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Dick Trickle

The former NASCAR driver died May 16 at 71 of an apparent self-inflicted gunshot wound. Police had received a call from Trickle, in which he reported there would be a dead body at a cemetery and it would be his. Trickle, who was nicknamed the "White Knight," has been billed the winningest driver in America, with approximately 1,200 wins. He won seven ARTGO championships and was named the NASCAR Winston Cup Series Rookie of the Year in 1989. In the Sprint Cup series, he was in 303 races over a span of 24 years, including 36 top 10 finishes.
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Joyce Brothers

The famed psychologist, TV personality and columnist died May 13 at 85. Brothers' celebrity status first took off in 1955 after she won The $64,000 Question game show in the boxing category, which led to a gig as a boxing commentator. In 1958, she was given a TV show in New York, where she doled out advice. She continued with a number of other TV shows, including Consult Dr. Brothers and Living Easy with Dr. Joyce Brothers. Brothers also wrote a monthly column for Good Housekeeping for nearly 40 years and published several bestselling books, including What Every Woman Should Know About Men.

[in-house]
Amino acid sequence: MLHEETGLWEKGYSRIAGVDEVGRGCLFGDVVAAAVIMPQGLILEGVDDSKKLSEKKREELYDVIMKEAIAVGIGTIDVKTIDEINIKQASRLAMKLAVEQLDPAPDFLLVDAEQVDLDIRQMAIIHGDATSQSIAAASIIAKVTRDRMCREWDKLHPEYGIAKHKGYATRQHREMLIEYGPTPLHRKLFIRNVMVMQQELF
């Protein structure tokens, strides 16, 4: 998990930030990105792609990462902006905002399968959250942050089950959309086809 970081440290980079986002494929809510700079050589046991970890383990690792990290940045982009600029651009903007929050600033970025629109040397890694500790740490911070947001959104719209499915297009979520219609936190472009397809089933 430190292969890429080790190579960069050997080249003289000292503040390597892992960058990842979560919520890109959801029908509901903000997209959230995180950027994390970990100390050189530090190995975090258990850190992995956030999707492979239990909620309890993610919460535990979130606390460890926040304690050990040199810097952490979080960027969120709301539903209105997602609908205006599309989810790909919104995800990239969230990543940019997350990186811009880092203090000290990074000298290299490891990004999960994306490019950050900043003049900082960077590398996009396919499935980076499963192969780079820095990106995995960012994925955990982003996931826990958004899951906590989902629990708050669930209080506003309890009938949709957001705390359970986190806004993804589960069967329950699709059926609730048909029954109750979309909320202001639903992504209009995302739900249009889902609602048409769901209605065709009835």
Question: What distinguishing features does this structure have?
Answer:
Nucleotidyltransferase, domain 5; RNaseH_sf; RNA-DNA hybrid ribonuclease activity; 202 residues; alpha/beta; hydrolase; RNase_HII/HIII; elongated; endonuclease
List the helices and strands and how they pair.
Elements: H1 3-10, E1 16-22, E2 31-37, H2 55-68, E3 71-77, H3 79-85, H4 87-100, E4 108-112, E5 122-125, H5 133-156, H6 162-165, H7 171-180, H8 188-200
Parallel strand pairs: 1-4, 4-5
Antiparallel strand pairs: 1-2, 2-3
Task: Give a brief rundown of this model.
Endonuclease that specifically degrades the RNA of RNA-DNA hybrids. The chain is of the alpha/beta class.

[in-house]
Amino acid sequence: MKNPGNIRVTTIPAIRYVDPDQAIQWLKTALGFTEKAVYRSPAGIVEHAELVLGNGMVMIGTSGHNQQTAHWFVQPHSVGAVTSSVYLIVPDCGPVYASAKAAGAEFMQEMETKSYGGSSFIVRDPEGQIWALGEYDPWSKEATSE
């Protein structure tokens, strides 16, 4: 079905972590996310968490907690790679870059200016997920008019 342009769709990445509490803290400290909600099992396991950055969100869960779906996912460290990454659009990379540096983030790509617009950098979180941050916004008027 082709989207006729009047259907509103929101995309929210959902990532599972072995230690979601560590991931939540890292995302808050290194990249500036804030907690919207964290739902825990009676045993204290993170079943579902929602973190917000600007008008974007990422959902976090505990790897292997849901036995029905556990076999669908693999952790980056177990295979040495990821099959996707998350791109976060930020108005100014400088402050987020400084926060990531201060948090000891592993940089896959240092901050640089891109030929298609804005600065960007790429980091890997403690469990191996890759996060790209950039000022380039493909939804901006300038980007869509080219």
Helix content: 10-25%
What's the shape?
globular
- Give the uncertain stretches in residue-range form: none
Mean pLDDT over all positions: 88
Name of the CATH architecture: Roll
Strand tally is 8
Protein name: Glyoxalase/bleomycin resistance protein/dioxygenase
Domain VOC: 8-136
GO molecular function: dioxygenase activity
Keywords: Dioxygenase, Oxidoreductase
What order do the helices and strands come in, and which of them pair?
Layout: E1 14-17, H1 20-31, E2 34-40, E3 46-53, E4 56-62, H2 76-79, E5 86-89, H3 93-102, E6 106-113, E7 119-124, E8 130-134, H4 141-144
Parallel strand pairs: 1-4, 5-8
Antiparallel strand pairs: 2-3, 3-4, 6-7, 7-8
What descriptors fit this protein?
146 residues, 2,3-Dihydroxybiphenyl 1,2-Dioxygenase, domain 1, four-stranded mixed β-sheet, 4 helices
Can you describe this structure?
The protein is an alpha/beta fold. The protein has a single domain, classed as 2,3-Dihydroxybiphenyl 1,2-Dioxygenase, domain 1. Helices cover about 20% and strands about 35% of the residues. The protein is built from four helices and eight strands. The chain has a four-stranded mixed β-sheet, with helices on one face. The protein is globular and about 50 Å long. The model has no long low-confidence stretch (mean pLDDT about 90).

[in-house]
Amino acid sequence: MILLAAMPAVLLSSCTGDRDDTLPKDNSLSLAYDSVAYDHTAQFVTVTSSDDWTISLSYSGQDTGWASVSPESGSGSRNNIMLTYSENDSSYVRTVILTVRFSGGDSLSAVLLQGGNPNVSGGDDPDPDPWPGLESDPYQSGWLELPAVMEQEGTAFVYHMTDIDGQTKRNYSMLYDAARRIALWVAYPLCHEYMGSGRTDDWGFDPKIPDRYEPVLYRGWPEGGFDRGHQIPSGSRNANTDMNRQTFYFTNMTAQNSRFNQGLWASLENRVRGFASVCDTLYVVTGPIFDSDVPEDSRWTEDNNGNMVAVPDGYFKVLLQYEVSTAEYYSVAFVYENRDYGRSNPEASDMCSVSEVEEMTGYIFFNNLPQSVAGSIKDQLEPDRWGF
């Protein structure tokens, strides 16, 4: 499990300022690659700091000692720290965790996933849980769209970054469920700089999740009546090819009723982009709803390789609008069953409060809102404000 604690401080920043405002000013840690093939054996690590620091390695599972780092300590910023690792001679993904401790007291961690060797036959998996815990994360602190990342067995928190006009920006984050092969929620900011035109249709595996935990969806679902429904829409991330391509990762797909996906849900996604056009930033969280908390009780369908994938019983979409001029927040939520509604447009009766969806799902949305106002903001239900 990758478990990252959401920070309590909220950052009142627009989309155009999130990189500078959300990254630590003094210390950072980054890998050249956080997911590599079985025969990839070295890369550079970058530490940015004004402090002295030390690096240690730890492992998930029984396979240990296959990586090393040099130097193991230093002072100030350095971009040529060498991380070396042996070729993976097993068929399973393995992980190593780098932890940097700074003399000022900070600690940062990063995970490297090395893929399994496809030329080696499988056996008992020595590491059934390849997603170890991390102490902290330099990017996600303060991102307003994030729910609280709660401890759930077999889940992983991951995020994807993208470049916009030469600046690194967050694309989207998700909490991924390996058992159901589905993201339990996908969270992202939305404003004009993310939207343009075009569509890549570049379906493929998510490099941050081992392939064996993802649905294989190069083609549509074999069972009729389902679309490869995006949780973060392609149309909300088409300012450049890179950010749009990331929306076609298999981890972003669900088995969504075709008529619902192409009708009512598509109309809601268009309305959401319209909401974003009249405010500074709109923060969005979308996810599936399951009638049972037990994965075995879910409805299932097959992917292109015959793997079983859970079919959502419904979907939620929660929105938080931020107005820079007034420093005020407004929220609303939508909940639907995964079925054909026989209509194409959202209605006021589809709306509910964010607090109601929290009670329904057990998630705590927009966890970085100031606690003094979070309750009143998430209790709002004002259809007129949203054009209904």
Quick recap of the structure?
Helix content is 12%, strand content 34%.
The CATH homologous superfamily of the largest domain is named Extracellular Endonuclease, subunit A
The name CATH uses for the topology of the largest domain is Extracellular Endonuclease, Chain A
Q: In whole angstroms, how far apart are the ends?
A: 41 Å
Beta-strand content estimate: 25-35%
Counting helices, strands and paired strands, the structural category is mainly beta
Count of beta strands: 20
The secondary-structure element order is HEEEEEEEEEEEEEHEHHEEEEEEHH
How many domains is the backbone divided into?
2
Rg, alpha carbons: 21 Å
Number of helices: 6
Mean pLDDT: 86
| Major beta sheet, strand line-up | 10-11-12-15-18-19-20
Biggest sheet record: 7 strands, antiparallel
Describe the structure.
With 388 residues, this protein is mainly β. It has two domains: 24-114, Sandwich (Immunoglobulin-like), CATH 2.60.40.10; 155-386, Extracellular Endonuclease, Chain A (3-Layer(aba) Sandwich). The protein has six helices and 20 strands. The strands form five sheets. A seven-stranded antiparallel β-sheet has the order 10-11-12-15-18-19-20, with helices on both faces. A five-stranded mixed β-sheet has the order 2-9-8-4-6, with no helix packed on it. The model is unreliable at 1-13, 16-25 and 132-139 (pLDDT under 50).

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Jeanne Cooper

The Young & the Restless star died May 8 at 84. Cooper began her career with a role in the 1953 western film The Redhead in Wyoming. She went on to star in an early episode of NBC's Tales of Wells Fargo, followed by several guest appearances on CBS' Perry Mason, Hawaii Five-O, Mannix and Ironside. In 1973, Cooper began playing "Dame of Genoa City" Katherine Chancellor, a role she held throughout the last four decades. Her character went through four marriages, battled alcoholism and even had a facelift after Cooper asked writers to incorporate her real-life cosmetic surgery into the show. She earned two Daytime Emmys and 10 Daytime Emmy nominations during her career.
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Ray Harryhausen

The visual effects and animation Hollywood innovator died May 7 at 92. Harryhausen was best known for using stop-motion technology in the pre-CGI era. His most acclaimed films included The 7th Voyage of Sinbad, Jason and the Argonauts, and the Oscar-winning Mighty Joe Young. Harryhausen's techniques included using rudimentary models and painstaking shot-by-shot animation to bring his films to life. His final special effects work was on 1981's Clash of the Titans, but Harryhausen also appeared in front of the camera, playing a bar patron in Beverly Hills Cop III and voicing the polar bear cub in Elf.